By far the most important update in the iPhone XS and XS Max is Apple’s new mobile chip. Last year’s A11 Bionic chip was a 10-nanometer chip with a six-core CPU, a three-core GPU, and a neural engine designed for machine learning tasks that could perform up to 600 billion operations per second. This year’s A12 Bionic is a 7-nanometer chip with a six-core CPU, a four-core GPU, and an even faster neural engine. It not only has more cores, but it can process up to 5 trillion operations per second.

In short, the new chip is the thing that’s supposed to make your phone feel faster, your photos look better, and your AR and AI apps more useful.

The chip giant Qualcomm, which makes the Snapdragon chips that power high-end Android phones, plans to ship a 7-nanometer processor soon. But with the launch of the new iPhones, Apple has just beat it to the punch.

Previously, the neural engine could only be accessed by Apple, which used it to power apps like Animoji and FaceID. Now third-party app developers can tap into it. We saw glimpses of this at last week’s Apple event, when the multiplayer game Galaga AR was demoed on stage alongside HomeCourt, a seriously cool basketball analysis app. HomeCourt can already recognize the lines of a basketball court and, using computer vision, track the shots you take and the ones you make. But right now it doesn’t do that in real-time. In the future, using the new A12 Bionic chip and Apple’s machine learning framework, it’s supposed to be able to do that.

The app wasn’t available to beta test during my review period, but we can expect more apps like it to roll out very soon. In the meantime, though, the processing power of the new A12 manifests itself in other ways. Unlocking the phone with FaceID seems slightly faster. App switching feels faster. And then there are the photos.

Let’s say you’re not into real-time basketball analysis or cool augmented reality apps or mobile games. You probably still care a lot about your smartphone’s camera. And this new processor, along with a larger camera sensor, mean both the iPhone XS and XS Max have a better camera than the one in last year’s high-end phone.

At a glance, the cameras in the iPhone XS and XS Max cameras appear to be the same as the ones in the iPhone X. Two 12-megapixel rear cameras. One 7-megapixel front-facing “TrueDepth” camera. 4K video at 60 frames per second. 1080p slow motion video at 240 fps. All the same.

Apple says what’s new is that this larger camera sensor equates to larger pixels. The camera is supposed to do a better job of adjusting its exposure to capture more information in each image. Last year’s iPhones already automatically captured high dynamic range images. This year it does it again, but better, grabbing more highlight data, and on more of your photos.

I captured a series of images on the new iPhones, last year’s iPhone X, last year’s iPhone 8 Plus, Google’s Pixel 2 XL, and Samsung’s Galaxy Note 9, and compared them all. (iPhone 8 Plus photos weren’t included in all of galleries here, due to a lack of consistency in which phones I used to shoot certain scenes.) Each smartphone camera has its own distinct personality: Samsung’s photos tend to be warm, saturated, and softened, while Google’s Pixel tends to capture crisp images, with cool, almost muted colors.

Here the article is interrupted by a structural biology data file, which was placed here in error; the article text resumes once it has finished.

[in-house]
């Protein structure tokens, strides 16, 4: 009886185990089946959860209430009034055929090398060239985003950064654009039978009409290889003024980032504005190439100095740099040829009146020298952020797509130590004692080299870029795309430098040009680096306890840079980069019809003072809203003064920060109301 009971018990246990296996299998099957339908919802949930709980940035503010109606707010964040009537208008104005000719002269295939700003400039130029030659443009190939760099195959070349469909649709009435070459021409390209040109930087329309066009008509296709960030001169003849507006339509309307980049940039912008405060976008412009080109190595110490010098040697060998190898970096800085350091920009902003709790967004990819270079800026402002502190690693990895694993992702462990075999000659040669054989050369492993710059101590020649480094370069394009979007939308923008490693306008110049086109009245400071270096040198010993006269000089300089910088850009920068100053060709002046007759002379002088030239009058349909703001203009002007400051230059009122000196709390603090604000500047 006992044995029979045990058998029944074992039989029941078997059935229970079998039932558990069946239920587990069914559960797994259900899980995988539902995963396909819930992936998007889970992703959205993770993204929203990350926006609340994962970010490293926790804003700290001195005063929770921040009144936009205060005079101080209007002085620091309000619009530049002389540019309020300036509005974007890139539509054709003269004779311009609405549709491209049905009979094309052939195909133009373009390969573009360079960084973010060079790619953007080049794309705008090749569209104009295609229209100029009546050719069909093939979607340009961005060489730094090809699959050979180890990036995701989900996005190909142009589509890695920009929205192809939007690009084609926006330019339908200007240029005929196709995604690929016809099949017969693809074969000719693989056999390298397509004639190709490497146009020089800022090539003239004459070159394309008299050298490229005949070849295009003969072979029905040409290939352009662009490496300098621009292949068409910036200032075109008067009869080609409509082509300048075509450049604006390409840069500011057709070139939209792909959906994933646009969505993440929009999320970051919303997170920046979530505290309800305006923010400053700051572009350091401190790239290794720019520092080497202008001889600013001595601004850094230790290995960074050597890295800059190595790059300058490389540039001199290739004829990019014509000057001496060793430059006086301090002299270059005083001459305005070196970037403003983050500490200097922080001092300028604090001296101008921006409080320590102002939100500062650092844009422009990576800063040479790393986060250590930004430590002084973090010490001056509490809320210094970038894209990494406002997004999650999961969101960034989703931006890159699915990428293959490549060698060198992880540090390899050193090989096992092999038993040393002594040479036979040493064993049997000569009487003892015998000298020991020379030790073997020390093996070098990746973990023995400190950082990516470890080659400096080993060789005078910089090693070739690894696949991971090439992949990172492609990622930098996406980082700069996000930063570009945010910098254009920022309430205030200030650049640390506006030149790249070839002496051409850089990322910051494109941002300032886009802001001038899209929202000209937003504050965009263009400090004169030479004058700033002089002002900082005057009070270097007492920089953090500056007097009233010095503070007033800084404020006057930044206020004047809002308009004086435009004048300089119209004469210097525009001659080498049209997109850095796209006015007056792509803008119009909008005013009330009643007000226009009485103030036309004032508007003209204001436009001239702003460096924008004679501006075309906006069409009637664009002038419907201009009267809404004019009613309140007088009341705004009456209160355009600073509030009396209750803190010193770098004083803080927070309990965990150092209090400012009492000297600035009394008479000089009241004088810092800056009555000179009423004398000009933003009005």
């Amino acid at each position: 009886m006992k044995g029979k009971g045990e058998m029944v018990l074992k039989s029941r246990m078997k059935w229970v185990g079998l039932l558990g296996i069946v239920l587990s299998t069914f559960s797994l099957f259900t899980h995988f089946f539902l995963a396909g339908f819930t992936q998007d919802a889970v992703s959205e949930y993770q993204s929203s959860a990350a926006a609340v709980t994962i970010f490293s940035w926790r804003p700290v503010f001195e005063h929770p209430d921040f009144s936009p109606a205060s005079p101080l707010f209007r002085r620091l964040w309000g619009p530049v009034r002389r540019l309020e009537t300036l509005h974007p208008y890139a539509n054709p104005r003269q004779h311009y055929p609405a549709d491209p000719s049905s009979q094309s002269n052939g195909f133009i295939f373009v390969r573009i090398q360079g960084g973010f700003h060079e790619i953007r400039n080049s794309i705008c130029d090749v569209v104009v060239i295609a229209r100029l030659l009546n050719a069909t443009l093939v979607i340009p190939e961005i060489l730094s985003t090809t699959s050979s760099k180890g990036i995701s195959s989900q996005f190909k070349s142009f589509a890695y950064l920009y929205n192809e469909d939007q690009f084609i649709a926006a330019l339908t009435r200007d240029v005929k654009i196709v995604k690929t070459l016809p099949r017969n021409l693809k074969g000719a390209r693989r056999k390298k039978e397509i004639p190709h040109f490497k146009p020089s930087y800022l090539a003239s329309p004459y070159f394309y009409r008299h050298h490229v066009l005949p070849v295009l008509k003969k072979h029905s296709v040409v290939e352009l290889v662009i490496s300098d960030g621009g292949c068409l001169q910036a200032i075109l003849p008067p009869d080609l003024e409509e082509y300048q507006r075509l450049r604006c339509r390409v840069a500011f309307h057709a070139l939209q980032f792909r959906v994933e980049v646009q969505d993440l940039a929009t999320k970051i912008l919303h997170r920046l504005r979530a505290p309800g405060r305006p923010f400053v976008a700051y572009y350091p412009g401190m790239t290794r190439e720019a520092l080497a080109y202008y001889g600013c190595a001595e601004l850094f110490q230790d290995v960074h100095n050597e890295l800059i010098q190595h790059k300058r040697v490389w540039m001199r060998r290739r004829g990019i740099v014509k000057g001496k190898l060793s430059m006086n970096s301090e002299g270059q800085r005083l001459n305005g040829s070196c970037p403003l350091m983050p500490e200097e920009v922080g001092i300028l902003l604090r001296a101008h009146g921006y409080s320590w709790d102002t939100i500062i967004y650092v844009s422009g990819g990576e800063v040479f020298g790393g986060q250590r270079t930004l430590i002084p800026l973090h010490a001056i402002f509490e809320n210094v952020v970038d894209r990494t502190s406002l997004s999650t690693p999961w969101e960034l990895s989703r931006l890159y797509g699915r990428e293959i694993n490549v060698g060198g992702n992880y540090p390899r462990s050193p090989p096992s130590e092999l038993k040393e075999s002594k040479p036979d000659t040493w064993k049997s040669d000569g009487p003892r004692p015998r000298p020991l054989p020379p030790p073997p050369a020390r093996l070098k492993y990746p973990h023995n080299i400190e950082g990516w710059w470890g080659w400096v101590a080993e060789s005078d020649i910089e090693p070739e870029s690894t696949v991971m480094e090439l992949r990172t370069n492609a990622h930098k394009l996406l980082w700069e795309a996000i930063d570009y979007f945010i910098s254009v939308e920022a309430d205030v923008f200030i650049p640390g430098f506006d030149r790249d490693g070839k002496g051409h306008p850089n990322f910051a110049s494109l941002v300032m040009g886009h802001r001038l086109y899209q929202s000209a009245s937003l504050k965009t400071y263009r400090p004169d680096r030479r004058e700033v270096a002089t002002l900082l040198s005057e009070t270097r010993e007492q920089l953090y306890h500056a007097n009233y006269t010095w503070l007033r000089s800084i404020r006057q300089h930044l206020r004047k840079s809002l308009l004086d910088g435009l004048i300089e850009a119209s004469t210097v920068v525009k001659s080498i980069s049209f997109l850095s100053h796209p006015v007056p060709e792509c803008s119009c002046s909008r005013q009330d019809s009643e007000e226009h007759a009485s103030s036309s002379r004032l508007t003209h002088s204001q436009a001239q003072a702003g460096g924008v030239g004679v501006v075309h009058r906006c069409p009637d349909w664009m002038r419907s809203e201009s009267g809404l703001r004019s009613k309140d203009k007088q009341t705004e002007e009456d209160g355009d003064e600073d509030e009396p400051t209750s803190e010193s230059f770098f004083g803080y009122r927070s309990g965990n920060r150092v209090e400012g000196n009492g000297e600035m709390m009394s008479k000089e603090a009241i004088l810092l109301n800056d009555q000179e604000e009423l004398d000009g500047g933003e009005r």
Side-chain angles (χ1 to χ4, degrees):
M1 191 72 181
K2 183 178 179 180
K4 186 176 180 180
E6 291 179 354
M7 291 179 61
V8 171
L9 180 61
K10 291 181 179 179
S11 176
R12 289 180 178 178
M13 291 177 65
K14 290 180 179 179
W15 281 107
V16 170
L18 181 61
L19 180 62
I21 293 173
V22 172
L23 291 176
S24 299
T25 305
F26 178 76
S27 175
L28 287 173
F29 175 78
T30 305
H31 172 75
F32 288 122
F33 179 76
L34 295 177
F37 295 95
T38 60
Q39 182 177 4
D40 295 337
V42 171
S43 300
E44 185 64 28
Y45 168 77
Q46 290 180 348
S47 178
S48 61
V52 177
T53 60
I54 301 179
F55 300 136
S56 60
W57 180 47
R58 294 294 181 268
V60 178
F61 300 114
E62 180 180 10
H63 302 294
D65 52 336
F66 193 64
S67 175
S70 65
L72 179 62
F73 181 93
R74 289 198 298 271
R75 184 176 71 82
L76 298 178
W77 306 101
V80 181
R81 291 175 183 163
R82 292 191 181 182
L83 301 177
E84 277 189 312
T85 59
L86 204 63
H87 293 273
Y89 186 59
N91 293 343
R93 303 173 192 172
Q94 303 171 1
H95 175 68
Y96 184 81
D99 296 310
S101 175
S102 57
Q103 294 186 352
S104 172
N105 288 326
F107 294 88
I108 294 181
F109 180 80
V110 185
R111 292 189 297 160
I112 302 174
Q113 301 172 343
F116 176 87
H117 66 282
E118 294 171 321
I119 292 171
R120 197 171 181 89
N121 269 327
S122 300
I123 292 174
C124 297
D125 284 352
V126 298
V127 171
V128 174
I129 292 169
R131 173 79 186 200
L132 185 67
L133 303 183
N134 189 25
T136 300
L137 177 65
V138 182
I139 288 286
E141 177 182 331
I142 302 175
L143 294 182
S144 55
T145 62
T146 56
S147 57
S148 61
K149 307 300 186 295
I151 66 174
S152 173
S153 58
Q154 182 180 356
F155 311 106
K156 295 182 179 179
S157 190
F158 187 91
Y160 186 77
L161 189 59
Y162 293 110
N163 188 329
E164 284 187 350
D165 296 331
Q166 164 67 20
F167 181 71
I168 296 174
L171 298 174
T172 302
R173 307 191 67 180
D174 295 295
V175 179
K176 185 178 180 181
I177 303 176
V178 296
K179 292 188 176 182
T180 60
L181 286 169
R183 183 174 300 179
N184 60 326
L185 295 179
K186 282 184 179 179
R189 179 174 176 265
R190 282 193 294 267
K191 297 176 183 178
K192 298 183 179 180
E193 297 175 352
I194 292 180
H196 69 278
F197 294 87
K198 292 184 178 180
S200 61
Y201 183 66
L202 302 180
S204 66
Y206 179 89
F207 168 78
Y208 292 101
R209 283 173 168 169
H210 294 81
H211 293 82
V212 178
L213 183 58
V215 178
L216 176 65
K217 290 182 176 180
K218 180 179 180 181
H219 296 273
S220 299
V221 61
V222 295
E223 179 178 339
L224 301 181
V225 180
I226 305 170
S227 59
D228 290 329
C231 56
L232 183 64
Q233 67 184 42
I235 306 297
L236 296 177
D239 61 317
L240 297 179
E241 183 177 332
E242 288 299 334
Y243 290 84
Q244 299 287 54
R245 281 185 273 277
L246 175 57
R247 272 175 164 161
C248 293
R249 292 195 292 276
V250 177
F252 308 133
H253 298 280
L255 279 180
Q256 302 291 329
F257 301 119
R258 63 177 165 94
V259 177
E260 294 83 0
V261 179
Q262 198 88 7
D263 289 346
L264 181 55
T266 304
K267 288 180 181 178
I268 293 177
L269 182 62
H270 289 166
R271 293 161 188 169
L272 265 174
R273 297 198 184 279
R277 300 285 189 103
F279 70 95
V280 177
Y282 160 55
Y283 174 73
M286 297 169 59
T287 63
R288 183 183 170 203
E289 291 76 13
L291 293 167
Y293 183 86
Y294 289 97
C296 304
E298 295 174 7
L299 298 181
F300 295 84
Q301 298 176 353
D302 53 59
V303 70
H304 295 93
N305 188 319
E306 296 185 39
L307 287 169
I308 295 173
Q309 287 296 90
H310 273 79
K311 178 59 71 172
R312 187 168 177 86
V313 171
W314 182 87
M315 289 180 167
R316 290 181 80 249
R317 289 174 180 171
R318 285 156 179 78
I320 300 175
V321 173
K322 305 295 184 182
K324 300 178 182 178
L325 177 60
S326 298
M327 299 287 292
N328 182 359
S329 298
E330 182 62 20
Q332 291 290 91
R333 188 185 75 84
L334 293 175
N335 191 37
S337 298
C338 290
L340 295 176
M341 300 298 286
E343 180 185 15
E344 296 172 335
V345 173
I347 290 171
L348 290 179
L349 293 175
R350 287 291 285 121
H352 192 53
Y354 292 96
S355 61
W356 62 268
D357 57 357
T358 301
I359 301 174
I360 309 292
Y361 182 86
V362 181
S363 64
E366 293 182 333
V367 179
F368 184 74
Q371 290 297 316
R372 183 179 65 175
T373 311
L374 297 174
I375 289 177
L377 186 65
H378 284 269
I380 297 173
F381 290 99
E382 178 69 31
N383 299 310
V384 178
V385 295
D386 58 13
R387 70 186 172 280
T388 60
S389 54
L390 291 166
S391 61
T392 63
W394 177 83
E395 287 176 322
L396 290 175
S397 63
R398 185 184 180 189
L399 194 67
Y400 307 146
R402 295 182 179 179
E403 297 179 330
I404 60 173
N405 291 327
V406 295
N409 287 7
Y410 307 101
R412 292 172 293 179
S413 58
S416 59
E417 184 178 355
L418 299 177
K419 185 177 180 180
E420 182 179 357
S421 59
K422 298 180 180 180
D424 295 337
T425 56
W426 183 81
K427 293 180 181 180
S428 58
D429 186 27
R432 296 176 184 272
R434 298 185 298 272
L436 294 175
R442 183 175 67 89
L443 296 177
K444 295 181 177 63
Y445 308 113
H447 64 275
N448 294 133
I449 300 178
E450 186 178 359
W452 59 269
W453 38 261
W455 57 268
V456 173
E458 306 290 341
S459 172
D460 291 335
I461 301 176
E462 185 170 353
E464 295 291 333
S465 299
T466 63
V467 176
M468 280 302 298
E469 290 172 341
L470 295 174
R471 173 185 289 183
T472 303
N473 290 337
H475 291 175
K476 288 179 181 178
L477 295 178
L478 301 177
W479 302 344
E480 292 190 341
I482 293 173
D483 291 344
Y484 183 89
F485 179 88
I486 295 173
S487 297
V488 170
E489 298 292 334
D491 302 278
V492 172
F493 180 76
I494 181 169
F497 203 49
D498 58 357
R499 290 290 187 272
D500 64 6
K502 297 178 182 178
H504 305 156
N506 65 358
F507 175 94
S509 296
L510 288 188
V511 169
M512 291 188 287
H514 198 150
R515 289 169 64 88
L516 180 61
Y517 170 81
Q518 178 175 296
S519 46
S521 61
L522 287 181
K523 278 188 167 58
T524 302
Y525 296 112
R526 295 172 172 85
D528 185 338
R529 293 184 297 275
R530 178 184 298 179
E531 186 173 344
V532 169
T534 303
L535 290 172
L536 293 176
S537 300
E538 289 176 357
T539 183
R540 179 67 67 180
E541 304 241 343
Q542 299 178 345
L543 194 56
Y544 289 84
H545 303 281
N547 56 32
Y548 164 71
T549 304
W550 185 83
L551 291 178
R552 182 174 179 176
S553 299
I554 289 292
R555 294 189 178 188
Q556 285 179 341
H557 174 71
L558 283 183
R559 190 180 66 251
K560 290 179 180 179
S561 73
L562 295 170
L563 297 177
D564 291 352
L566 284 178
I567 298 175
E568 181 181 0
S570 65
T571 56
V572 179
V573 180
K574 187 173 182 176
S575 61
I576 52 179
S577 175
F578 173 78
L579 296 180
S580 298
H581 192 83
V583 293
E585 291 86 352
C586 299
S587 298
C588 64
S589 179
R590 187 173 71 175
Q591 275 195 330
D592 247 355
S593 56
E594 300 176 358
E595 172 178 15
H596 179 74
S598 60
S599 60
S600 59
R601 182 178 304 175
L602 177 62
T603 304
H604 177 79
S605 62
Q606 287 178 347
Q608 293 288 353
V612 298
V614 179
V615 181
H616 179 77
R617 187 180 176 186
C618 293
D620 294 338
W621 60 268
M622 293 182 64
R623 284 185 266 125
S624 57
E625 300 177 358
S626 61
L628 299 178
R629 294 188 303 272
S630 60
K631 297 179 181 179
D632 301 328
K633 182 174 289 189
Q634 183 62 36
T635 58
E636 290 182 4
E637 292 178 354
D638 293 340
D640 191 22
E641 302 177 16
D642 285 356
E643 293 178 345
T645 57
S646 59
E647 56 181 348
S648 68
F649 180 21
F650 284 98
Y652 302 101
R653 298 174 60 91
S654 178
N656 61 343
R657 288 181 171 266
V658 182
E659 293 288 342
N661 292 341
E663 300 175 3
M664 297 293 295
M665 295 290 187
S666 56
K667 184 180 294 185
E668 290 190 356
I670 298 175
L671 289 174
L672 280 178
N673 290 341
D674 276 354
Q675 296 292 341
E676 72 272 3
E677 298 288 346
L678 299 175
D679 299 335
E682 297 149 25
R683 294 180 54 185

The photos I captured on the new iPhone XS and XS Max are undoubtedly better than the ones I took on the iPhone 8 Plus, and slightly improved from the iPhone X photos. The new phones performed well in low light, capturing even background imagery in more detail. In some ways the photos from the new iPhone remind me of Samsung’s photos now. Faces look smoother in both selfies and portraits, and the colors look richer in pictures of food, skylines, and natural landscapes.

The new iPhones also let you adjust the depth of a Portrait photo after the photo has been captured. This isn’t a new idea—Samsung has offered this in its flagship phones since it launched the Galaxy Note 8 last year. In Samsung cameras, it works by capturing one wide-angle and one telephoto image from the dual-lens camera and merging them together, using one image for the focal point and one for the blur effect. Sometimes the background blur looks too dramatic, and imprecise. Other times it works fine.

Apple’s method sounds similar, but works differently. The iPhone uses images from the two cameras—the wide-angle lens and the telephoto lens—to create a depth map. Then, the bokeh effect is simulated digitally. As you flick the slider through the aperture stops, background objects are blurred proportionally to how close they are to the main subject.

Overall, Portrait photos taken on the new iPhones looked a lot better than older iPhone Portrait photos—with or without the depth effect. In nighttime photos I took of my colleague Pia, the new iPhone depth-adjusted photos were better able to capture the car lights and city signs flashing behind her, and generally looked better than Samsung’s blurred photos. Still, it’s not comparable to the bokeh effect you’d get on a DSLR with a fast lens.

Future Calling

There are obvious differences between last year’s iPhones and this year’s iPhones, like the new processor and the giant display on the Max. But there are subtle differences too. It’s that subtlety that makes it hard to conjure up strong feelings around the new phones. It is an “S” year for iPhones, after all.

But in this case, it’s impressive incrementalism: There’s a noticeably faster chip, and a camera that captures a greater level of detail that you can actually see. Apple has nudged innovation in smartphones forward again, even if some of the results (like new apps that will use the new tech) have yet to be experienced.